Practitioners are constantly searching for ways to gain an advantage over their adversary. In estate litigation involving undue influence claims, one tactic rarely employed is filing a pre-trial motion for partial summary judgment shifting the burden of proof to the proponent of the disputed Will or gift to prove that the bequest or transfer at issue was not the product of undue influence. While these motions are factually sensitive and often filed at the conclusion of one’s case at trial, filing the motion at the pre-trial stage forces the Court to tip its hand as to how your claim may be received at trial and could result in a crippling blow to your adversary if the motion is granted.
A. Undue Influence Standard
In New Jersey, it is well settled that when a person makes a testamentary disposition of property or a gift causa mortis, the beneficiary of such gift must initially establish that the disposition of property by the decedent complied with the requisite legal formalities and that the donor or testator had the requisite legal capacity at the time of the transfer or gift. See e.g. In re Stockdale, 196 N.J. 275 (2008). However, even when it may be presumed that the testator or donor is of sound mind to execute either a will or other instrument creating a testamentary disposition of the decedent’s property, such presumption can be overcome by showing undue influence at the time of the execution of the will or other instrument. See Haynes v. First Nat’l State Bank, 87 N.J. 163, 176 (1981); see also In re Stockdale, 196 N.J. at 302-304. Undue influence has been defined as “… mental, moral or physical exertion which destroyed the free agency of a Testator by preventing the Testator from following the dictates of his own mind and will and accepting instead the domination and influence of another.” Haynes, 87 N.J. at 176; see also In re Stockdale, 196 N.J. at 302-304. Those same legal principles apply to any testamentary disposition, whether by will or otherwise.
Where no confidential relationship is shown to exist between the beneficiary and the testator or donor at the time of the execution of the Will or other instrument is alleged, the party seeking to set aside the gift or transaction has the burden to allege sufficient facts to establish the exercise of undue influence. See In re Stockdale, 196 N.J. at 302-304. However, where a confidential relationship between the testator or donor and the beneficiary existed and there is even a slight indication of “suspicious circumstances,” the burden of proving that the transaction or gift was fully understood and the free, knowing and voluntary act of the testator will shift to the beneficiary to demonstrate that the transaction was free from doubt or any undue influence. Id. at 303-304. Although the “burden of proof is usually discharged in accordance with the preponderance of the evidence standard, In re Catelli’s Will, 361 N.J. Super. 478, 487, 825 A.2d 1209 (App. Div. 2003), if the presumption arises from “a professional conflict of interest on the part of an attorney, coupled with confidential relationships between a testator and the beneficiary as well as the attorney,” the presumption must instead be rebutted by clear and convincing evidence.” Id. (citing Haynes, 87 N.J. at 183).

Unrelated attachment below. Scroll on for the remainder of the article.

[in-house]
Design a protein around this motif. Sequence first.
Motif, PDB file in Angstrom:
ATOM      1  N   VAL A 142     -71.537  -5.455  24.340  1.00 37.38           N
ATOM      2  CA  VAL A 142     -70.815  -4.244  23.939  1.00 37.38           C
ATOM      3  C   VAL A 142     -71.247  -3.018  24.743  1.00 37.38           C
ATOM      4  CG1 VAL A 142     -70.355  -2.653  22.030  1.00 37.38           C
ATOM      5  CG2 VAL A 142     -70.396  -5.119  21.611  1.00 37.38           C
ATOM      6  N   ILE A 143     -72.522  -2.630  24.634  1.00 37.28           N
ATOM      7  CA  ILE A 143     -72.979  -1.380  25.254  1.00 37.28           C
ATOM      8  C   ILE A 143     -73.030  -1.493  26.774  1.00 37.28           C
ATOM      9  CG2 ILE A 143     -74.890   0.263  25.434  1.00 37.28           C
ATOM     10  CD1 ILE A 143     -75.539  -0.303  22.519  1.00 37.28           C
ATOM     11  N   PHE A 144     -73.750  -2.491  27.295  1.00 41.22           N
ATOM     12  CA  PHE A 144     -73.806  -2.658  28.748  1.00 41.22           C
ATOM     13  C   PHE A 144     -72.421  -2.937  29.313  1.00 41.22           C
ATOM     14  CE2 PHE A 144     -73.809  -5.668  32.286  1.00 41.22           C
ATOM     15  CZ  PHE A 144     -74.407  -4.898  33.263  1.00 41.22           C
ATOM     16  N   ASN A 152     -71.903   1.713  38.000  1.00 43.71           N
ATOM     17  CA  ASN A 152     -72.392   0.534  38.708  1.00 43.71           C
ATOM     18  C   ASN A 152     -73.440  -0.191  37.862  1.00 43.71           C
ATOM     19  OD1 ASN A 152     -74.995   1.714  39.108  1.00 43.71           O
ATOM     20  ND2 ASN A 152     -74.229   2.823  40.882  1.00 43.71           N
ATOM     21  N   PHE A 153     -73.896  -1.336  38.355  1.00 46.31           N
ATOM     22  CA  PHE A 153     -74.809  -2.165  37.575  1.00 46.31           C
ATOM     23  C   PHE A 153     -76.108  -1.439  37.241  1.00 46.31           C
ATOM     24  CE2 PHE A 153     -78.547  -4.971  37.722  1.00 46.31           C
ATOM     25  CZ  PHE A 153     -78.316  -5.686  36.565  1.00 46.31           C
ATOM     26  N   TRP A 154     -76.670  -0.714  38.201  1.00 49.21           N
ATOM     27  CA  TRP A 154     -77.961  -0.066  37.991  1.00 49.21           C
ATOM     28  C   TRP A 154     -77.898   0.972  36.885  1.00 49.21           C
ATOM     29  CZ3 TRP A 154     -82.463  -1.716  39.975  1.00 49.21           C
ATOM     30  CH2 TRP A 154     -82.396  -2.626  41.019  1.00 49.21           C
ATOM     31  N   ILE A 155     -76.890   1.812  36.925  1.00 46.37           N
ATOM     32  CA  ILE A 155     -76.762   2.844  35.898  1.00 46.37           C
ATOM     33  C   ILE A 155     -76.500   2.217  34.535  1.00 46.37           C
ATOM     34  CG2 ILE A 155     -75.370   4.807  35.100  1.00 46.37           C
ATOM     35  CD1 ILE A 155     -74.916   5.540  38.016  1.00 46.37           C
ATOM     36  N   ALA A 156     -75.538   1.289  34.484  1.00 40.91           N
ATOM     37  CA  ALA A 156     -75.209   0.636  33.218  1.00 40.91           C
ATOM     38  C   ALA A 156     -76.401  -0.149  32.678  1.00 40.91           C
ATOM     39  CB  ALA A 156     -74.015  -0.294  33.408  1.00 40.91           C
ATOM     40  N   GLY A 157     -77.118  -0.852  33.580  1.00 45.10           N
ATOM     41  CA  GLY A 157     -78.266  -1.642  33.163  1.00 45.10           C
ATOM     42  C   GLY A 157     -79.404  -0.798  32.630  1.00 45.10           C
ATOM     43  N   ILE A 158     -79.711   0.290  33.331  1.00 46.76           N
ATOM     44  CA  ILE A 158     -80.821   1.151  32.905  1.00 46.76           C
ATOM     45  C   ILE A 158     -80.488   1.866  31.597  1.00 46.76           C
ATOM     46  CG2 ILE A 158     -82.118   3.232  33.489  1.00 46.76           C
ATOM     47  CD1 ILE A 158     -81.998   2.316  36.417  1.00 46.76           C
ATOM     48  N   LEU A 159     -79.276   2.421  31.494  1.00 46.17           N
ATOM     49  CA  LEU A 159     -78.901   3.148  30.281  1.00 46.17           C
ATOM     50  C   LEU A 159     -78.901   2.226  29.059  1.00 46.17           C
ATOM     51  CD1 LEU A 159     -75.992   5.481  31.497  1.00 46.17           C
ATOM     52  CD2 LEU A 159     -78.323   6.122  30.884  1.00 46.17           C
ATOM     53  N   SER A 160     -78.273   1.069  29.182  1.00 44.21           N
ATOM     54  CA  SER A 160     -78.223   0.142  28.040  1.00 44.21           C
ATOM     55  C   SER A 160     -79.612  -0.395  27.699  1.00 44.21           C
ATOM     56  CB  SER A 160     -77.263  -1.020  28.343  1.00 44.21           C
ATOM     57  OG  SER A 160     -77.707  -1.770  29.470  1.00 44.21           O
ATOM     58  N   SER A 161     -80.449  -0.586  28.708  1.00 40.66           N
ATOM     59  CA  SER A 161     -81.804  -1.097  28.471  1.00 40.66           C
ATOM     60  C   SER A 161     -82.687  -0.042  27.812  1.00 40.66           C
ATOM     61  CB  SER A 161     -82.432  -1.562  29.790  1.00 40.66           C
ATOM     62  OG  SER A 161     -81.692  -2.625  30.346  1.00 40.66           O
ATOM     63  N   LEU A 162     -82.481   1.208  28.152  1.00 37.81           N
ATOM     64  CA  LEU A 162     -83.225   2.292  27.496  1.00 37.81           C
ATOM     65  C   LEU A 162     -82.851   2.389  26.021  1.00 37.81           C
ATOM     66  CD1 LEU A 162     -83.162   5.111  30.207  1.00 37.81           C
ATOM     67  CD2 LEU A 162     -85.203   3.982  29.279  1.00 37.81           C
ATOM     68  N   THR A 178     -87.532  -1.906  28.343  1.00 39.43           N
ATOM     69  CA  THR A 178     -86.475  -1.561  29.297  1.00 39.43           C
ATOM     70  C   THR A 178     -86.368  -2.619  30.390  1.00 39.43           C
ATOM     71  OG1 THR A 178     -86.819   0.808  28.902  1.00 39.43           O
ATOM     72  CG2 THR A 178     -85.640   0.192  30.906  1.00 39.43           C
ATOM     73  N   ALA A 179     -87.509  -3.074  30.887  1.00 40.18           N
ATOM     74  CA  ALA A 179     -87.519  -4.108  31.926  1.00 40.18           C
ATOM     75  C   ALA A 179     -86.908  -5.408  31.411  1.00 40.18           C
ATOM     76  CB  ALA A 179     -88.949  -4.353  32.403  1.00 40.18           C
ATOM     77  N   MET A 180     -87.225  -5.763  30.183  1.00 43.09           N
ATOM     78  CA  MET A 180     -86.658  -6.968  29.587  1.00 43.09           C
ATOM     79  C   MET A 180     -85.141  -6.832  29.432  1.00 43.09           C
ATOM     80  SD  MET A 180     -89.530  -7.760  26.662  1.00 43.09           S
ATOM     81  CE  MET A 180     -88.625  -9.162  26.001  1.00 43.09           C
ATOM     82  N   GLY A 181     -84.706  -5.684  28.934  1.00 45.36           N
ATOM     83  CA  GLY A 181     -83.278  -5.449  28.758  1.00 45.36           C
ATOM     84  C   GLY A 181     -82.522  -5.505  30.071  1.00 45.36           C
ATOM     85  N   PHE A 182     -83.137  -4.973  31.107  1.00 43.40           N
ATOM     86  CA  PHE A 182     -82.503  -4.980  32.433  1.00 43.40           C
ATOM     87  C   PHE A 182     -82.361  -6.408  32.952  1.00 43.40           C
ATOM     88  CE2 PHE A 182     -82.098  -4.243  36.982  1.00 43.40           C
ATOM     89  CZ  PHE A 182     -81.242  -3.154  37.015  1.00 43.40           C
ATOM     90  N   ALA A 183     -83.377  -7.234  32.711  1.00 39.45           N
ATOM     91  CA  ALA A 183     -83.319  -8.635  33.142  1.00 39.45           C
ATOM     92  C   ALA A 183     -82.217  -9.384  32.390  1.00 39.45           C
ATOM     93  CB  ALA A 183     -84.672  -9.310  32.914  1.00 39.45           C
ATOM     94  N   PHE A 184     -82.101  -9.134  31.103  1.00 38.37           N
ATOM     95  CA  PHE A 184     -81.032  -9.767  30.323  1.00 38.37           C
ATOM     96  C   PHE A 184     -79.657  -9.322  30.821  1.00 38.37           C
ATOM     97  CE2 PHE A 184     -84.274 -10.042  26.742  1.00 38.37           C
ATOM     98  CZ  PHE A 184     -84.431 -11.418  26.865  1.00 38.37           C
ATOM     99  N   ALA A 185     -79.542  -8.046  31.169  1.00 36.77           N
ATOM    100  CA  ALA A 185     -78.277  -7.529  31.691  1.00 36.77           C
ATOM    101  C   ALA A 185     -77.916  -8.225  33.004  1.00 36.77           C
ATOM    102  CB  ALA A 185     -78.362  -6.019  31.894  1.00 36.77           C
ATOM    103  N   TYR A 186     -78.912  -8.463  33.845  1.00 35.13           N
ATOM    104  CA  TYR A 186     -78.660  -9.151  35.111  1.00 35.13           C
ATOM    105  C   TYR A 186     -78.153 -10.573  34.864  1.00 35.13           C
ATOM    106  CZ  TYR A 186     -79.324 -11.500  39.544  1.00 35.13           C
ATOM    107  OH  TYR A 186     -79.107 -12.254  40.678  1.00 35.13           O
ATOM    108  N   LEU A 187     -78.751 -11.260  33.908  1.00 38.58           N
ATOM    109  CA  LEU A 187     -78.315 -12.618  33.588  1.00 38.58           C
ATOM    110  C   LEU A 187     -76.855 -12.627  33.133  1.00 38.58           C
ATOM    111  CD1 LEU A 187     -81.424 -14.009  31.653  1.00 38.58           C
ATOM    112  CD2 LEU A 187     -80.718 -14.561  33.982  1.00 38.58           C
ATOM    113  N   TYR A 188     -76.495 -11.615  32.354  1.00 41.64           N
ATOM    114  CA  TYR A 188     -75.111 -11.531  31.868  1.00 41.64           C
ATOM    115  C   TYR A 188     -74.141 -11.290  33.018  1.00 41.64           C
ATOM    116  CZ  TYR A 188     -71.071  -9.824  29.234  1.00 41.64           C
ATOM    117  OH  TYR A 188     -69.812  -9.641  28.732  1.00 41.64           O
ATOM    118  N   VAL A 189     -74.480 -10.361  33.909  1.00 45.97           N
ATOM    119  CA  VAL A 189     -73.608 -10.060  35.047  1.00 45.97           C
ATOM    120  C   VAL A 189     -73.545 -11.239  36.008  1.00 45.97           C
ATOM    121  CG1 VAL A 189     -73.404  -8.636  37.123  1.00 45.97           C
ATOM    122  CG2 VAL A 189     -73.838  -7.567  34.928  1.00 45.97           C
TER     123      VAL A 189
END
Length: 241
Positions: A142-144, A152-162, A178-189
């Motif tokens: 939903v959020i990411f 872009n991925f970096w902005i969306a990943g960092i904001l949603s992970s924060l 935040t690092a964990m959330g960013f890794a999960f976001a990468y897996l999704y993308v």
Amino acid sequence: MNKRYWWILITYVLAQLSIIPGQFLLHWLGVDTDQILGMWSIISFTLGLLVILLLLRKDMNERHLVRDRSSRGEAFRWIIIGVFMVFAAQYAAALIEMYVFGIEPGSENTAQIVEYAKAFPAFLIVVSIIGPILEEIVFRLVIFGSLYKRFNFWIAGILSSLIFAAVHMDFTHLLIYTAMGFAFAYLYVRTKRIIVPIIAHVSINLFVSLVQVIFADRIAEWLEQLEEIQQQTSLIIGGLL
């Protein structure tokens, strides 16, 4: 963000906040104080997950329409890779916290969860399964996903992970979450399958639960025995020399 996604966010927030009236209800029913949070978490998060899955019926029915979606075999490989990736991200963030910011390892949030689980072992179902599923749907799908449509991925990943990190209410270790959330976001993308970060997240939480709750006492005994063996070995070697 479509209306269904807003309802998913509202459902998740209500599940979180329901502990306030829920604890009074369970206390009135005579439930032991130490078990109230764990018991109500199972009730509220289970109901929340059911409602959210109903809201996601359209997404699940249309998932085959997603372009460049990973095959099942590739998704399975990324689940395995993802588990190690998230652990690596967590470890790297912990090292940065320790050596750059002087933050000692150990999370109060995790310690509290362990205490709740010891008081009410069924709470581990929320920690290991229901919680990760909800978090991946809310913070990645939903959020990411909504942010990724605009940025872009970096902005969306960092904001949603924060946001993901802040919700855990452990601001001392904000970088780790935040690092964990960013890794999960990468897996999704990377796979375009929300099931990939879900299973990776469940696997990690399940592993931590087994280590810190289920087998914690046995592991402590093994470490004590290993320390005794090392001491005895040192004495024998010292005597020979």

B.Confidential Relationship Standard
The test for measuring the existence of a confidential relationship is “whether the relations between the parties are of such a character of trust and confidence as to render it reasonably certain that the one party occupied a dominant position over the other and that consequently they did not deal on terms and conditions of equality.” In re Estate of Ostlund, 391 N.J. Super. 390, 402 (App. Div. 2007). The “confidential relationship” is most notably marked by a relationship that is sustained by confidence and trust. In this regard, our courts have found on many occasions that the relationship between family members qualifies as a confidential relationship, especially where the family member provides care, and trust is reposed by reason of the testator’s dependence. See Haynes v. First Nat’l State Bank, 87 N.J. 163, 176 (1981). Other examples of a confidential relationship can include a fiduciary relationship, such as between a guardian and ward, principal and agent, and lawyer and client. See In re Will of Rittenhouse, 19 N.J. 376, 382 (1955).
C. Suspicious Circumstances Standard
The second element necessary to raise a presumption of undue influence is the presence of suspicious circumstances. As previously stated, such circumstances need be no more than “slight.” Haynes, 87 N.J. at 176. Suspicious circumstances can include, for example, “(1) the initiation of proceedings for the preparation of the instrument; (2) participation in such preparation; (3) presence at the execution of the will; (4) efforts to exclude the natural objects of testator’s bounty from his society; (5) concealing the making of the will; and (6) taking possession of the will.” In re Estate of Raynolds, 132 N.J. Eq. 141 (1942).
While pre-trial motions to shift the burden of proof on undue influence claims are difficult to win (there are no reported cases on the issue), having the opportunity to argue the merits of your undue influence claim to the Court before trial is invaluable. Our firm recently filed such a motion in a Will contest case and received partial summary judgment on the issue of “suspicious circumstances,” but not on whether the beneficiary and testator shared a “confidential relationship.” However, the Court commented at the hearing that while a factual dispute precluded summary judgment on this issue, the motion record suggested that our client would likely be able to establish the existence of a confidential relationship at trial. This ruling significantly impacted the case going forward and played a huge role in the parties reaching a settlement before trial.
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